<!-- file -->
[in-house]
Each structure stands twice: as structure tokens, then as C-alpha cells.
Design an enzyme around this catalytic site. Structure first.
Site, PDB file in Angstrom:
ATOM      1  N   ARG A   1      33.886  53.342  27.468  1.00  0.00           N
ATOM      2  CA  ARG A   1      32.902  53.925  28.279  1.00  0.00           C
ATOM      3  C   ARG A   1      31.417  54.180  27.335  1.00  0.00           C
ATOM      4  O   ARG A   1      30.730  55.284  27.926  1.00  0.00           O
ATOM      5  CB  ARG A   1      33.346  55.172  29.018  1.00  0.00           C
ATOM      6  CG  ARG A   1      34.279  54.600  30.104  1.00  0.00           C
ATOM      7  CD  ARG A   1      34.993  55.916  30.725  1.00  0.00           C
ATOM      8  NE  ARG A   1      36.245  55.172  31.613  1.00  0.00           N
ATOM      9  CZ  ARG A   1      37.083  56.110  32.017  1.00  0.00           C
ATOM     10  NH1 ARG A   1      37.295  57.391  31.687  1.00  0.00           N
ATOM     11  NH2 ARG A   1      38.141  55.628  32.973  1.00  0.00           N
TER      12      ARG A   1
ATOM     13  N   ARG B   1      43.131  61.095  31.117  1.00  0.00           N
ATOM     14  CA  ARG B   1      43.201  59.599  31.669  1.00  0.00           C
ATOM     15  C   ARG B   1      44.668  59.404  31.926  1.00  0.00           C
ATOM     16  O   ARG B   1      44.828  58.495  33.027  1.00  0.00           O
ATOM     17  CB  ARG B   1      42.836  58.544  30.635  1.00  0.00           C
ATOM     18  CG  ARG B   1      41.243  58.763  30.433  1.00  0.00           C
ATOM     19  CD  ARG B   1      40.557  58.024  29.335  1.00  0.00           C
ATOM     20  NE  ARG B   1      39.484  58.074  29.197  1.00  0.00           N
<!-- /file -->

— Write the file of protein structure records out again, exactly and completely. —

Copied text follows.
[in-house]
Each structure stands twice: as structure tokens, then as C-alpha cells.
Design an enzyme around this catalytic site. Structure first.
Site, PDB file in Angstrom:
ATOM      1  N   ARG A   1      33.886  53.342  27.468  1.00  0.00           N
ATOM      2  CA  ARG A   1      32.902  53.925  28.279  1.00  0.00           C
ATOM      3  C   ARG A   1      31.417  54.180  27.335  1.00  0.00           C
ATOM      4  O   ARG A   1      30.730  55.284  27.926  1.00  0.00           O
ATOM      5  CB  ARG A   1      33.346  55.172  29.018  1.00  0.00           C
ATOM      6  CG  ARG A   1      34.279  54.600  30.104  1.00  0.00           C
ATOM      7  CD  ARG A   1      34.993  55.916  30.725  1.00  0.00           C
ATOM      8  NE  ARG A   1      36.245  55.172  31.613  1.00  0.00           N
ATOM      9  CZ  ARG A   1      37.083  56.110  32.017  1.00  0.00           C
ATOM     10  NH1 ARG A   1      37.295  57.391  31.687  1.00  0.00           N
ATOM     11  NH2 ARG A   1      38.141  55.628  32.973  1.00  0.00           N
TER      12      ARG A   1
ATOM     13  N   ARG B   1      43.131  61.095  31.117  1.00  0.00           N
ATOM     14  CA  ARG B   1      43.201  59.599  31.669  1.00  0.00           C
ATOM     15  C   ARG B   1      44.668  59.404  31.926  1.00  0.00           C
ATOM     16  O   ARG B   1      44.828  58.495  33.027  1.00  0.00           O
ATOM     17  CB  ARG B   1      42.836  58.544  30.635  1.00  0.00           C
ATOM     18  CG  ARG B   1      41.243  58.763  30.433  1.00  0.00           C
ATOM     19  CD  ARG B   1      40.557  58.024  29.335  1.00  0.00           C
ATOM     20  NE  ARG B   1      39.484  58.074  29.197  1.00  0.00           N